Thanks in advance.

    1. Hey John,

      3% is a very high conversion rate when talking about viewers. Even when people click, 3% is still decent. So I wouldn’t say 6600 would be an accurate number but I know he’s making a lot of sales especially with SiteGround. Though, his “tests” (eg. in his best WordPress hosting video) are definitely not true. NameHero first and Cloudways last? Not a chance. I’m getting ready to publish my own tests and SiteGround was the slowest host besides HostGator.

  2. Affiliaters don’t be naive! This guy was one of the first to promote siteground!


    1. Yep, also one of the first one to leave, just updated this review.

      And yes, I agree it’s gotten more competitive. That’s not the reason I left – my sales have always been very stable even if you look at recent screenshots. There’s just no denying SiteGround has a lot of problems now. You have to adapt with the industry.

  3. Well Tom, very good the article I would like to know what were your main traffic sources that you used to promote SiteGround? And if everything was based on SEO or you also used Payment Traffic? And my last question is if you used the banners that SiteGround offered you and if you had good sales with the banners?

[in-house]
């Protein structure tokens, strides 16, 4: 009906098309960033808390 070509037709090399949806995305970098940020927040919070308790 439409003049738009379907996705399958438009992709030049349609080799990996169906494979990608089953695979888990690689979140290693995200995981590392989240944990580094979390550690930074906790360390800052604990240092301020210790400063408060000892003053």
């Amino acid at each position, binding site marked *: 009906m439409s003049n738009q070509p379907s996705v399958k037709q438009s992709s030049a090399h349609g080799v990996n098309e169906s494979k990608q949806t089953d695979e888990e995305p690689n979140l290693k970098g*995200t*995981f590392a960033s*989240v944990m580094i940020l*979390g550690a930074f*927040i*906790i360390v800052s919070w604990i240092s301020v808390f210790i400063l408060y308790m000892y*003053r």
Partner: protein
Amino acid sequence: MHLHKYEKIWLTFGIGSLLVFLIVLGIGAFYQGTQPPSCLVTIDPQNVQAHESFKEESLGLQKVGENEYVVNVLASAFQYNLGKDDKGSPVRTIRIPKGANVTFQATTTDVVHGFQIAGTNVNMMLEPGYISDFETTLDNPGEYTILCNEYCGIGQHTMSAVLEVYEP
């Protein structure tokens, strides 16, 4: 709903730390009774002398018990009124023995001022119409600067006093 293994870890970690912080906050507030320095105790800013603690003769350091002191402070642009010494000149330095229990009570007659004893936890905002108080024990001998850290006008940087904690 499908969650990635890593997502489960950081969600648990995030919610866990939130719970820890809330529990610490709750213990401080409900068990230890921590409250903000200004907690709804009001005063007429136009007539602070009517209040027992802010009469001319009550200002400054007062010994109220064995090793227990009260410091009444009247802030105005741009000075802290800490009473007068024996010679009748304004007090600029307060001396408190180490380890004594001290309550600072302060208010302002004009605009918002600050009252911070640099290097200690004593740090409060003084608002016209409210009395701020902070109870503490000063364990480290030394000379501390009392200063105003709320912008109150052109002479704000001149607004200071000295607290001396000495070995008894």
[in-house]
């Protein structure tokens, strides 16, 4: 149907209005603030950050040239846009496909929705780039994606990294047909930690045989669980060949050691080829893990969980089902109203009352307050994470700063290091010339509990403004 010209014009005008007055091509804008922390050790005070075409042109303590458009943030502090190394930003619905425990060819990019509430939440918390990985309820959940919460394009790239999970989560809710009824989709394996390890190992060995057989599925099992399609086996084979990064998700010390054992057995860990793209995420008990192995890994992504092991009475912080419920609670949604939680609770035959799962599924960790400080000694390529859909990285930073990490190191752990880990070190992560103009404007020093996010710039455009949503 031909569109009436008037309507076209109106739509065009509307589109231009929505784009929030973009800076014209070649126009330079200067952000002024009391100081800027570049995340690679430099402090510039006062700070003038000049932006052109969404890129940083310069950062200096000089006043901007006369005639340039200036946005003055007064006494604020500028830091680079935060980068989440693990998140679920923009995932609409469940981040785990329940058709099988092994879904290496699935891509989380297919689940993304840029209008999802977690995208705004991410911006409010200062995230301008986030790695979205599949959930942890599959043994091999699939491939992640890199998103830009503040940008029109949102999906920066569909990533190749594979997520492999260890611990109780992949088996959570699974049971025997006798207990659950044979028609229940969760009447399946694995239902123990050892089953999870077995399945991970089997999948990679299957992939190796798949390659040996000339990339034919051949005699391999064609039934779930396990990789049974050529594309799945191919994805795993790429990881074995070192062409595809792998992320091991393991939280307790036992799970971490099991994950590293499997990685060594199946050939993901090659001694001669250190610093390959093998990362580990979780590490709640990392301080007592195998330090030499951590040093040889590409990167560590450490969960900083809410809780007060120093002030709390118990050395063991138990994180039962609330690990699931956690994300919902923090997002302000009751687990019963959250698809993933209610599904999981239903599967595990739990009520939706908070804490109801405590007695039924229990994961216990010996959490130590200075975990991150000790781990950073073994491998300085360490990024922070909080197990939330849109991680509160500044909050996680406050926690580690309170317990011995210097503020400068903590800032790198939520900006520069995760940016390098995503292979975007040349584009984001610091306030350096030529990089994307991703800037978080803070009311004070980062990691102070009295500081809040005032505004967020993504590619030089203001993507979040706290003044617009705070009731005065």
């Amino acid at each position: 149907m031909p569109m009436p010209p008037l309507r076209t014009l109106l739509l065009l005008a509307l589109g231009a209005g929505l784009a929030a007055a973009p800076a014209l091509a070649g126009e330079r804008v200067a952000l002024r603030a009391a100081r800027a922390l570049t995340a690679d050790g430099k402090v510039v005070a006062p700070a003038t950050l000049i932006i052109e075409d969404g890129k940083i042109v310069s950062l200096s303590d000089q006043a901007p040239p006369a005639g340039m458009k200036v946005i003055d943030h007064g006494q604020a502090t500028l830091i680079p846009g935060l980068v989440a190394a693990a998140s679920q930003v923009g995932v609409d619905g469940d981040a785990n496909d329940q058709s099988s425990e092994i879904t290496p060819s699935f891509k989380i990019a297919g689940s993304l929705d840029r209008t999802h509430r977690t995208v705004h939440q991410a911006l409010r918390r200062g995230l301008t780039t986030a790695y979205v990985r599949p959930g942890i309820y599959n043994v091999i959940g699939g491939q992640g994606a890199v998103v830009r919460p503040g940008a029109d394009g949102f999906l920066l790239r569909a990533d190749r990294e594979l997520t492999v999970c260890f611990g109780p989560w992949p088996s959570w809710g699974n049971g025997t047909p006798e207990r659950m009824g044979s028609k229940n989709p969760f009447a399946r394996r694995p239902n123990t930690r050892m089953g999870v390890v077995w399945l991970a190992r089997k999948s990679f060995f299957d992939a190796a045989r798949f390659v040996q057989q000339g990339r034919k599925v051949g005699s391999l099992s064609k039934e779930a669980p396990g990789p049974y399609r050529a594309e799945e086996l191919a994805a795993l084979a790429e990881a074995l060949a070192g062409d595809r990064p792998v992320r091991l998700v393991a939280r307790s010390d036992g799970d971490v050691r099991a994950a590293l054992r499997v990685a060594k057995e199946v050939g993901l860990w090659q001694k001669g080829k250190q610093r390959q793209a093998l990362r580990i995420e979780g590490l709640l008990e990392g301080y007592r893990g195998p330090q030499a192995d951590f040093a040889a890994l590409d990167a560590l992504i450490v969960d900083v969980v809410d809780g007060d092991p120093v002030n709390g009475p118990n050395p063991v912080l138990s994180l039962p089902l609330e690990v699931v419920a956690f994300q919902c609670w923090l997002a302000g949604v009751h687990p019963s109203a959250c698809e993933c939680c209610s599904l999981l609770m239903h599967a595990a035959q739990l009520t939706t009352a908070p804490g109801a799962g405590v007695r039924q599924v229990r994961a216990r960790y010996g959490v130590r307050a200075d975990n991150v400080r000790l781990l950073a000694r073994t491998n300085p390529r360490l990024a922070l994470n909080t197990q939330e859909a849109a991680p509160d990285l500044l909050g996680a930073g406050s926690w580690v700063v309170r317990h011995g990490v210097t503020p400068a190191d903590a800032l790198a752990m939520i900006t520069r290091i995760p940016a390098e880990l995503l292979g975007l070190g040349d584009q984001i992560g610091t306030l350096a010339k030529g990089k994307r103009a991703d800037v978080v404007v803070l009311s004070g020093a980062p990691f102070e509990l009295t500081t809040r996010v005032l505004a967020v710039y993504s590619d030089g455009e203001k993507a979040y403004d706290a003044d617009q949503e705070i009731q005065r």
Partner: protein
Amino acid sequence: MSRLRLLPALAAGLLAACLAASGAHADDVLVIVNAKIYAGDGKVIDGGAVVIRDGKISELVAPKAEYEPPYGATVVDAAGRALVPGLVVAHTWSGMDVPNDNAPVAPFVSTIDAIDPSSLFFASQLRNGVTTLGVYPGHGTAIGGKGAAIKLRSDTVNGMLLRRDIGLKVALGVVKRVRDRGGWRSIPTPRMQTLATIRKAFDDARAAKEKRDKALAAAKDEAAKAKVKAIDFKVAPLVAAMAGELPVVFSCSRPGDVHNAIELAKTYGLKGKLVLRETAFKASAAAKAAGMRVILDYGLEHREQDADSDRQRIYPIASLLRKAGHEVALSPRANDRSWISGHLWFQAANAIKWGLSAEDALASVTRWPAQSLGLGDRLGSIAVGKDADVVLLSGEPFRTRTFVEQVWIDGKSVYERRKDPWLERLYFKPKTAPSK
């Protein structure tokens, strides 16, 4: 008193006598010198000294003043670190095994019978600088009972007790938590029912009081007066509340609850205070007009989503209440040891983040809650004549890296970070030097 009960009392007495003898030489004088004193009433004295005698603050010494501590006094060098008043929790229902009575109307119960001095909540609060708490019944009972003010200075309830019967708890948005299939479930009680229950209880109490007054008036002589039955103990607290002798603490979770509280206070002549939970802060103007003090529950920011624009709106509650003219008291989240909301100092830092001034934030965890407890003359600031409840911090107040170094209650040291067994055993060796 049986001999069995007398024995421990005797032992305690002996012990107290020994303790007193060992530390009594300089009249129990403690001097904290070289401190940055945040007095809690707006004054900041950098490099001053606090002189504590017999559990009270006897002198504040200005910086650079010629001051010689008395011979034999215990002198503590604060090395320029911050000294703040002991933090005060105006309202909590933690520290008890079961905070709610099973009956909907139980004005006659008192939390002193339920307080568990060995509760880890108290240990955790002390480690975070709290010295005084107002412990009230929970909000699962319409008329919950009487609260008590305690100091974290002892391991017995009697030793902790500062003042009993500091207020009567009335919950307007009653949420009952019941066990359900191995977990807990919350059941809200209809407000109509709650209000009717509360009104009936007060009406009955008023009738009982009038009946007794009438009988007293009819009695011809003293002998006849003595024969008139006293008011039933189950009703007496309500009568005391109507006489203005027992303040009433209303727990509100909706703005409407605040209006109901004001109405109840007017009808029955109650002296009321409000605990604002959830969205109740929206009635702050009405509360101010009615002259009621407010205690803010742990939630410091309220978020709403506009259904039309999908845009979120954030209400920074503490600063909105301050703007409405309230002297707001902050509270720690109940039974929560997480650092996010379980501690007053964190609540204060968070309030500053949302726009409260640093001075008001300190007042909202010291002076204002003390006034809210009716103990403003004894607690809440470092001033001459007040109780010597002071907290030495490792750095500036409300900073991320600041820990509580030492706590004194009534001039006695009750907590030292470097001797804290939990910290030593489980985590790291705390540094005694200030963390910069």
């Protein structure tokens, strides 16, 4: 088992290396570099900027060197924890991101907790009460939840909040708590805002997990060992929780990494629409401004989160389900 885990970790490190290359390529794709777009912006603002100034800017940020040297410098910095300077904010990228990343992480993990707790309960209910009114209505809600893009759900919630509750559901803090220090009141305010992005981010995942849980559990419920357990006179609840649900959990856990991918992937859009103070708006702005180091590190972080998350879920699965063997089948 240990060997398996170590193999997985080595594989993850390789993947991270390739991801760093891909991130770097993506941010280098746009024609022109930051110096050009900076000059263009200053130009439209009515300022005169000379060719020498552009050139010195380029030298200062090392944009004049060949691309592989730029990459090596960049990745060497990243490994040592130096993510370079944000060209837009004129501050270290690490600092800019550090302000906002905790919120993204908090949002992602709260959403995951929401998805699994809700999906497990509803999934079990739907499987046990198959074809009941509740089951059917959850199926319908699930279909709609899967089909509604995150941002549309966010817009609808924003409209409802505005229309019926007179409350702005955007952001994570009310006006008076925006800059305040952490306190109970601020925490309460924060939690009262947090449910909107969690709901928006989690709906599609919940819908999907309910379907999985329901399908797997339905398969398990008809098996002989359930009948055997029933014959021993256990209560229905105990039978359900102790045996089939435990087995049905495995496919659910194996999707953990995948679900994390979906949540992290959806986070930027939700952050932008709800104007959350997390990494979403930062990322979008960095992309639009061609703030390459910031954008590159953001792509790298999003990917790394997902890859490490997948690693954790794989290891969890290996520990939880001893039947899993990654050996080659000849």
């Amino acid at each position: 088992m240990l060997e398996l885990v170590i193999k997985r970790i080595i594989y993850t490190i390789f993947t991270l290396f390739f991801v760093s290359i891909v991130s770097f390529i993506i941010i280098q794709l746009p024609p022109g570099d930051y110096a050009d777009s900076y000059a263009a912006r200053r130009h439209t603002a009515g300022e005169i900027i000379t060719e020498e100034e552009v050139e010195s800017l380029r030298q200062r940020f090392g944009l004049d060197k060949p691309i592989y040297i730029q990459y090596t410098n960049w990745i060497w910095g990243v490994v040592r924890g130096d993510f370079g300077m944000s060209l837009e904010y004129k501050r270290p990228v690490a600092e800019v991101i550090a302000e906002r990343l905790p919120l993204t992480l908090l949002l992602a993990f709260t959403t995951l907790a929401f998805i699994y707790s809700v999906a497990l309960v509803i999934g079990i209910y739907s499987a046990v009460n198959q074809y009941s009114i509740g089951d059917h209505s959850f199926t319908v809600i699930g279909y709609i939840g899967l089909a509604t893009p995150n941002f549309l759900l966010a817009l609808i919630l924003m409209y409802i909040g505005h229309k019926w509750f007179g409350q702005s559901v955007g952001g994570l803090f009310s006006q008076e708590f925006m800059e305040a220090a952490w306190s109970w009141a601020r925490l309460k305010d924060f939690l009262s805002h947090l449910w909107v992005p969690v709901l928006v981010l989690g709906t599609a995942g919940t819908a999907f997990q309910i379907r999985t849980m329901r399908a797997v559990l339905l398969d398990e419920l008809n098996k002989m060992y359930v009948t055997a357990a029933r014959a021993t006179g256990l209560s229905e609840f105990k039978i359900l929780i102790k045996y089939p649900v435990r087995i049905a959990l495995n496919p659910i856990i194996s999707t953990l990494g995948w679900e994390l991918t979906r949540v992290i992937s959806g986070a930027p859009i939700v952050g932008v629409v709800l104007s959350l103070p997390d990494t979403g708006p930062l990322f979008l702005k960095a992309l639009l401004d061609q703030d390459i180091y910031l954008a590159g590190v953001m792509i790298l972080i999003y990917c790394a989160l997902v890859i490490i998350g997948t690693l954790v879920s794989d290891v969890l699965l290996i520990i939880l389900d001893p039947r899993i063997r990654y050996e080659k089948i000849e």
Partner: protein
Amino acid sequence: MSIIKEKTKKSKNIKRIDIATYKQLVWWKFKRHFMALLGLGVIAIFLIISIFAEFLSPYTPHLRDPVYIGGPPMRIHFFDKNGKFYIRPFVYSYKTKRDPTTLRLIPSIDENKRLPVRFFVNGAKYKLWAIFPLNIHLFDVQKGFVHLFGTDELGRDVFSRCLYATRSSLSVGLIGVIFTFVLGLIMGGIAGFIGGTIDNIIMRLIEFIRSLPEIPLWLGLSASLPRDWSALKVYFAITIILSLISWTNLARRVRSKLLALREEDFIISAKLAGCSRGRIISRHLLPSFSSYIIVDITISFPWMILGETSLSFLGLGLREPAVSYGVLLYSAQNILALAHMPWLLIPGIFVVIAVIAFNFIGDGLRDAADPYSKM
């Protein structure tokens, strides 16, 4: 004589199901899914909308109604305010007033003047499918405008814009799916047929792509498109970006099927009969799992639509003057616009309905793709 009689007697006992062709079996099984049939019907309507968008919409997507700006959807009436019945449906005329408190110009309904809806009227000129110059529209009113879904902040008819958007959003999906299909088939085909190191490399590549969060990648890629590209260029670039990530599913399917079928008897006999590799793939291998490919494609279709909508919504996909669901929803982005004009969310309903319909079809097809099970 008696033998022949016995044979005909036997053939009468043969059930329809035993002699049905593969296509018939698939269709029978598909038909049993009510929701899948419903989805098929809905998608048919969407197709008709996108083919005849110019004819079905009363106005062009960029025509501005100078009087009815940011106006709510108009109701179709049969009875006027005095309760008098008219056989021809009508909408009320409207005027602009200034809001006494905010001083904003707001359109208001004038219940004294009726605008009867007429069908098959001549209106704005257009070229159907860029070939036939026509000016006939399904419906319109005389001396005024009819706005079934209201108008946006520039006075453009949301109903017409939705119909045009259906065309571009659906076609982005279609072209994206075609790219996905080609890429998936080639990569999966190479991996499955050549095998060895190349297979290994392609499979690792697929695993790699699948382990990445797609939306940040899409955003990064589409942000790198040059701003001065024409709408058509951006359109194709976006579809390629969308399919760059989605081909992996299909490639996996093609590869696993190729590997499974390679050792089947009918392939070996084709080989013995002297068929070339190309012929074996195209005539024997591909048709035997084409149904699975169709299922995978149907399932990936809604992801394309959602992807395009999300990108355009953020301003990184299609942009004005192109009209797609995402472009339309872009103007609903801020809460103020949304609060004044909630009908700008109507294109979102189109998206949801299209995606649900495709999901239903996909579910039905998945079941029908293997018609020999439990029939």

Thank you very much, Regards :) !

    1. Hey Gianpiero,

      I write a lot of tutorials on speed optimization and making your site load faster. I don’t use benners, just contextual links and buttons once in awhile. No paid traffic, all SEO :)

  4. Hi, Ive registered and tried making a few posts on Facebook and Twitter with the links but nothing is biting.
    Do you have any advice?

    1. Social media posts aren’t usually targeted and not sustainable. Setup a blog to write articles or create YouTube videos that target keywords where people are interested in hosting and making their website load faster. Start with low competition keywords, then once you can rank for those confidently, you can move to more competitive keywords.

      1. It’s also a bit hard to get the sale even if someone clicks and buys. Their poilcy now is that within the 30 day timeframe of purchasing that hosting, they have to have a website up within 30 days or they will re-evaluate it and then see if any changes have been made to their website. They do let you change it to 60 days for evaluation though.

        Even if it’s a WP blog page the customer puts up and it doesn’t look like the customer tried designing it yet, they refuse your affiliate commission. So in that case you need to dispute it with them which they give it to you if they see that you’re honest and website development progress has been made.

        It takes time for people to create websites..some people put it off for months. So just saying to get the affiliate commission you need to monitor and dispute.